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Witnessing Stupidity

The Roller Coaster

Alesia began the following Monday morning with a compulsory training session for her five new employees. Safely out in the field and structuring my day as I found fit, I was not required to attend, but encouraged to stop in some time during the week to meet everyone.

On Wednesday afternoon I dropped in to deliver a sales contract and make introductions. Her new charges included two men and three women who were apparently hired, not so much for their sales abilities, as they were for where their homes were positioned geographically, with the idea that everyone could work close to home and have a territory they owned exclusively.

Being her first employee, the top of the totem pole, as it were, I was offered the unique privilege to fall into the role of Sales Manager and run a crew. It would start small with only one employee. She gave me Mitch.

Mitch happened to be a nearly identical clone to another Mitch I had worked with at Yellow Book, where I sold yellow pages advertising for nearly nine years, my longest tenure in any position. Mitch (either one) was difficult to endure. Their personalities were abrasive and it became apparent that the only reason they were hired was that they showed up for their interview and would not leave without the job in hand. Such tenacity may be admired or loathed depending upon your position. Each of them dressed rather slovenly, as if they had slept in their clothes and had just repositioned their necktie to appear fresh. Both had the same goatee style beards and short curly, graying hair, slightly balding and wore glasses. Each of them had multiple business endeavors involving graphic design and marketing they were able to present along with the rest of their sales kits, so when they met a prospect they had much more to offer than just yellow pages or direct mail. While both Yellow Book and Buy Tampa Bay offered internet advertising, so did the Mitches. Both of them could get magnets made for your business. Mitch from Yellow Book could even have them delivered with the phone book. It was no stretch of the imagination to say that they could do anything because they could. They could do anything anyone could do for themselves if they just turned on a computer and searched for it. So by tromping door to door amid strip malls and quiet neighborhoods, they found fledgling businesses which required such assistance and acquired clientele accordingly.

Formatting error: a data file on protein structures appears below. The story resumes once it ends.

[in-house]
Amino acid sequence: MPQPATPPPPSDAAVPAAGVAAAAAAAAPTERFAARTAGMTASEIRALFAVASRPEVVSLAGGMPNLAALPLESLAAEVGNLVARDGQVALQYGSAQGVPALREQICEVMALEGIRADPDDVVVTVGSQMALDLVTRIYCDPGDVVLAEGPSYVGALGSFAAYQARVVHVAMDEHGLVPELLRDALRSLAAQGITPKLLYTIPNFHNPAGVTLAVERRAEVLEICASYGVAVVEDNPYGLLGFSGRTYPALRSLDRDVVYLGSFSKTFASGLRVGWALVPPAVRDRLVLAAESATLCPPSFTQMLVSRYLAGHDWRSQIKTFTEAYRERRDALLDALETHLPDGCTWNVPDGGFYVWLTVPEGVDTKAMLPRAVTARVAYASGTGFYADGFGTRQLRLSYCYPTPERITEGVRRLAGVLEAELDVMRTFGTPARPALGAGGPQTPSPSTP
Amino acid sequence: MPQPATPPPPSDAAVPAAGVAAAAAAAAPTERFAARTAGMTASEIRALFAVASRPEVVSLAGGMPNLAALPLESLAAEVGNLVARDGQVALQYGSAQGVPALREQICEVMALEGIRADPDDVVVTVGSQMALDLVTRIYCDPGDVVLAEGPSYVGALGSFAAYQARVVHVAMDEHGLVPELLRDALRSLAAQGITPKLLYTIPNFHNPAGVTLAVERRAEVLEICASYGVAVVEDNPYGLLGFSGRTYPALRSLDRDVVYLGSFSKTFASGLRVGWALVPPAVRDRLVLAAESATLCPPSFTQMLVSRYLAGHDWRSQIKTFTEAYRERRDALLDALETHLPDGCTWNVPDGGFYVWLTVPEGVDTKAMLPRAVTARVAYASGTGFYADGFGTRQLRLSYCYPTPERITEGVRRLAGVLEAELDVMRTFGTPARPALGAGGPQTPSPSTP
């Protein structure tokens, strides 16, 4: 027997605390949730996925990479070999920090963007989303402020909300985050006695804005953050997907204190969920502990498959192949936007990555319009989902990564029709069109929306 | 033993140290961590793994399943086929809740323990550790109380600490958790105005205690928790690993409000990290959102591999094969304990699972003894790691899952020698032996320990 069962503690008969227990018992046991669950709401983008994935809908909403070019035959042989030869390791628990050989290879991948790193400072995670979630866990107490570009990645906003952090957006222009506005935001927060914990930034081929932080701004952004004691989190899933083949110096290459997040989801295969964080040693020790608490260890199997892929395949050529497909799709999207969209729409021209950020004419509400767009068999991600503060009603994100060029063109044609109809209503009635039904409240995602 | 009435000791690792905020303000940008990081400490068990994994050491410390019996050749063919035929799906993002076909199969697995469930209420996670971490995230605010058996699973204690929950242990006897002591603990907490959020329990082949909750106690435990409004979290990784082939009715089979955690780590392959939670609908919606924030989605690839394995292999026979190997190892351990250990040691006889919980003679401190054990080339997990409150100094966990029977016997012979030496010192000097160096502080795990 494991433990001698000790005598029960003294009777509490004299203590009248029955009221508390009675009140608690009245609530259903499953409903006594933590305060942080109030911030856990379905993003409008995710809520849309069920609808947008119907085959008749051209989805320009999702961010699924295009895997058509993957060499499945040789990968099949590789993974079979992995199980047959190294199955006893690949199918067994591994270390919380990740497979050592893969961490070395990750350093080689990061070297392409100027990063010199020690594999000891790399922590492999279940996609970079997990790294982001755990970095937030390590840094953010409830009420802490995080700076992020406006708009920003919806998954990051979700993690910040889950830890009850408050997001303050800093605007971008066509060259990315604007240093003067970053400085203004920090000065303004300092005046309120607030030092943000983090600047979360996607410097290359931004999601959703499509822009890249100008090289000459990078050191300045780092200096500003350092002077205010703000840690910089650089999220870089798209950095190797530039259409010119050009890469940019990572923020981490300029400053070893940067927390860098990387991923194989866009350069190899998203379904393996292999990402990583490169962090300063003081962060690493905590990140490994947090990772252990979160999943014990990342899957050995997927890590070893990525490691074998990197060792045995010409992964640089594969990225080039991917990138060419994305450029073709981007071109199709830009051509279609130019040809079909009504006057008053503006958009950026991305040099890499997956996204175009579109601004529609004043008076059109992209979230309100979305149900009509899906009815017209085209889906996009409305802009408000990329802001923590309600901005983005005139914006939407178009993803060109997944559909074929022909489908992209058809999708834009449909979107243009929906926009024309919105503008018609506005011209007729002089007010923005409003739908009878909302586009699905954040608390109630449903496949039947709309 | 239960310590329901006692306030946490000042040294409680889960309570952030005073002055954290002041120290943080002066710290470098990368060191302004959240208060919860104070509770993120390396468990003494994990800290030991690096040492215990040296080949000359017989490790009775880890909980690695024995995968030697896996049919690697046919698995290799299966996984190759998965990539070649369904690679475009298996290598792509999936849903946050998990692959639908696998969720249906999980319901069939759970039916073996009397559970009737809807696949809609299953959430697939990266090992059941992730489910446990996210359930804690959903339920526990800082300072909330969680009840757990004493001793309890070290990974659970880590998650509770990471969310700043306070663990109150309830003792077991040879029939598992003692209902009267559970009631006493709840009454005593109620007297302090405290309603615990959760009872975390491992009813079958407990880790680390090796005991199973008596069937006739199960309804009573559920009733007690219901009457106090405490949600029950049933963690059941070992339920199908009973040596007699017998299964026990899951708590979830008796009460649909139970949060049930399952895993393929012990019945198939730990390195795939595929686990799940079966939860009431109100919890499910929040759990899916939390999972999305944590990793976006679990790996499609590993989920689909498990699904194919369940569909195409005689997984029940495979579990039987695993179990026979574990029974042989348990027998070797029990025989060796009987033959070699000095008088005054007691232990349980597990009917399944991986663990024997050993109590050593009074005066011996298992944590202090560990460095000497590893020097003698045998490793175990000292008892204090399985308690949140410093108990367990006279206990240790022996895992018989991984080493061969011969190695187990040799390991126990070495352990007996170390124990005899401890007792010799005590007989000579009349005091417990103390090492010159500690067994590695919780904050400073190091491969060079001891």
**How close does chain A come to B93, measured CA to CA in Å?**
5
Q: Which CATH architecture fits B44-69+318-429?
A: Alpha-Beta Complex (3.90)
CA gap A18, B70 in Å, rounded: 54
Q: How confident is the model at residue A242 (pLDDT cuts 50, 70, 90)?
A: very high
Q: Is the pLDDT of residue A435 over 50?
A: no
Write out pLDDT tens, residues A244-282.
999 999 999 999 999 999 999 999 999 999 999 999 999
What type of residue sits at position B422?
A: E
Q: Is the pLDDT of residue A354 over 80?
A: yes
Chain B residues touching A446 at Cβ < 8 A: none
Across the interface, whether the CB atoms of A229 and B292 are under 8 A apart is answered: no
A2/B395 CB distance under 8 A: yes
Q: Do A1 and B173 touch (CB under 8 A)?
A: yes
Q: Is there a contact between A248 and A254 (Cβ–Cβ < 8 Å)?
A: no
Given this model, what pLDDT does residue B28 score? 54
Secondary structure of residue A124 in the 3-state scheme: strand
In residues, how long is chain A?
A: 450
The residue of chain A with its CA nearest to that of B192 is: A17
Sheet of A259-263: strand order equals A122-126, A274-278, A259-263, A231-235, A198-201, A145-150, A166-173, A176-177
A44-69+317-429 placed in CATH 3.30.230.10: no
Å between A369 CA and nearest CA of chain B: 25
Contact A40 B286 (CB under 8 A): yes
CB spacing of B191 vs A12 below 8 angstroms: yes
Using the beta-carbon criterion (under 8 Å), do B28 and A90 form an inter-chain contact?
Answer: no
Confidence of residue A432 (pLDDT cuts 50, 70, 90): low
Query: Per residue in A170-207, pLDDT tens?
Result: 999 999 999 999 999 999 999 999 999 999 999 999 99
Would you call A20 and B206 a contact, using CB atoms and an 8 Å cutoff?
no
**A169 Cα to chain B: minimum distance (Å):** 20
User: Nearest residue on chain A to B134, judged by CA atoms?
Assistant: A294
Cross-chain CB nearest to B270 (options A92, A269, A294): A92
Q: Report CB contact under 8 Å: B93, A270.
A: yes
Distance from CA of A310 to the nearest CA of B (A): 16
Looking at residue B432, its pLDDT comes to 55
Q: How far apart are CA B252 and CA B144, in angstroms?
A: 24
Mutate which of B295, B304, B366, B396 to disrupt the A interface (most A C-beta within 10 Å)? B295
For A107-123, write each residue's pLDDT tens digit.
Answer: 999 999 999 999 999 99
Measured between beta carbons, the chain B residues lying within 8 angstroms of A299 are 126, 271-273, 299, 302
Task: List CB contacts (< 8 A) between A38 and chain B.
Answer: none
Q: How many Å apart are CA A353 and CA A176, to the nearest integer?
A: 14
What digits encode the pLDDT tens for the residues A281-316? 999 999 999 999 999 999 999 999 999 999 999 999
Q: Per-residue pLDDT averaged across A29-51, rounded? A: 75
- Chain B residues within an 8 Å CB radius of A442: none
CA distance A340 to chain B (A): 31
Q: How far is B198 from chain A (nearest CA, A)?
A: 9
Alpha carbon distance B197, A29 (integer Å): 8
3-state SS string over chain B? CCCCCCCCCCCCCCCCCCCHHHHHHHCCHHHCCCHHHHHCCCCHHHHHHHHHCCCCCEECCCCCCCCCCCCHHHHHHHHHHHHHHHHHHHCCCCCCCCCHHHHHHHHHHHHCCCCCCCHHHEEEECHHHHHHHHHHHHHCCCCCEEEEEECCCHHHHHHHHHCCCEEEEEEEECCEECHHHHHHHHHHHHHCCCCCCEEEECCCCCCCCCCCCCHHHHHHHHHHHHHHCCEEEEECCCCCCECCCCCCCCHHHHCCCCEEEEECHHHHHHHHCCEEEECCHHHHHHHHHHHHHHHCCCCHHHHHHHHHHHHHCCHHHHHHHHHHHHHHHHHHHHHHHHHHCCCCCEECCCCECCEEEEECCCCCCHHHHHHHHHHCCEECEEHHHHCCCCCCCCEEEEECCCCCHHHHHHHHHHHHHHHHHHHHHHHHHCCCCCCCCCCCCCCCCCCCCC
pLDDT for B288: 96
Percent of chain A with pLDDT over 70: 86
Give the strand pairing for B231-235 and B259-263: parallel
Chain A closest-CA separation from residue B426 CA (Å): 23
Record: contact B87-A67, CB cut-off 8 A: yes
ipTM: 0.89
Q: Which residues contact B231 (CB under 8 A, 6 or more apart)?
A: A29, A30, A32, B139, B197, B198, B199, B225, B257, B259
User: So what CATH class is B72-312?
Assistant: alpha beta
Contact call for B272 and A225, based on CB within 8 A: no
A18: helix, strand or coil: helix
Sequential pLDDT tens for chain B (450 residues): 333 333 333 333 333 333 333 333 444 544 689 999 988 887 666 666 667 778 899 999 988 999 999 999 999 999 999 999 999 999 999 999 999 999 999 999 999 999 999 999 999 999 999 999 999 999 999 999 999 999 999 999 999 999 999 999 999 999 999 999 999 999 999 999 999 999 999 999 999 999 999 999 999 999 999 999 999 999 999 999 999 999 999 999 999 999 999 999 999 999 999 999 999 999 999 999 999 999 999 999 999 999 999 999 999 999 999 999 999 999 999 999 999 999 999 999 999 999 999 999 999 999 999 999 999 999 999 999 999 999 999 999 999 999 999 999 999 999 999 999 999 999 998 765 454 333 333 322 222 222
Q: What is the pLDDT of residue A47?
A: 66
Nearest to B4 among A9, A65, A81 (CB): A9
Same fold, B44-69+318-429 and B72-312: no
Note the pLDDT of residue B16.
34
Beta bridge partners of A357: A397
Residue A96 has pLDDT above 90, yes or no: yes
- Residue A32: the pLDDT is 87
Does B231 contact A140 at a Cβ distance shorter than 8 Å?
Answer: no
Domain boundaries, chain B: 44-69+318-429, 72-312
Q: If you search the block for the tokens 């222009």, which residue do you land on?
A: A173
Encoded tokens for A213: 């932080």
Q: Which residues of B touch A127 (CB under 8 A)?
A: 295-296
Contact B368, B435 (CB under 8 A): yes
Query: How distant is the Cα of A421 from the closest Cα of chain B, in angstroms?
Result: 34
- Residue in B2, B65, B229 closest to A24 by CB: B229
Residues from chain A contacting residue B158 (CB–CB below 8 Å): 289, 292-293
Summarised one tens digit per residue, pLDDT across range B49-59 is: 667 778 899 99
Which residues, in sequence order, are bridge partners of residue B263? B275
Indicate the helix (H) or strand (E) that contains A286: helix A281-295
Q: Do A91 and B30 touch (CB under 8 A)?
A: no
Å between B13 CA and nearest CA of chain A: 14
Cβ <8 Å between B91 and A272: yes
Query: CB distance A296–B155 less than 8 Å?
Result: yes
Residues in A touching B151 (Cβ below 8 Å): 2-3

Each Mitch emitted a strange first impression. Both were in their late 40’s, married, from New Jersey and donned an accent that had no hint of New Jersey in it at all, rather it was a deep, undefined, slightly Yiddish dialect akin to that of Benjamin Netanyahu. YB Mitch was Jewish, but I never learned BTB Mitch’s heritage. While YB Mitch adapted quickly to sales in Florida (I trained him too), BTB Mitch constantly reminded me of the way they did things in New Jersey and the way he liked to do things, taking virtually no direction from me.

A key part of training all personnel in door to door sales is the art of the canvass and grid management. These elements work hand in hand. Without having a proper canvass plan with technique for prospecting and lead elimination a grid will not be managed at peak efficiency. Doors will not be knocked upon and money may be left on the table. YB Mitch took such advice with a grain of salt and happily wandered along Central Avenue with me while BTB Mitch found the door to door concept difficult to wrap his mind around, touting the strengths of personally telemarketing to save gasoline and ignoring the essence of the grid canvass, which was to knock on every door. His argument was that he could reach more people in a shorter amount of time. He chose quantity above quality.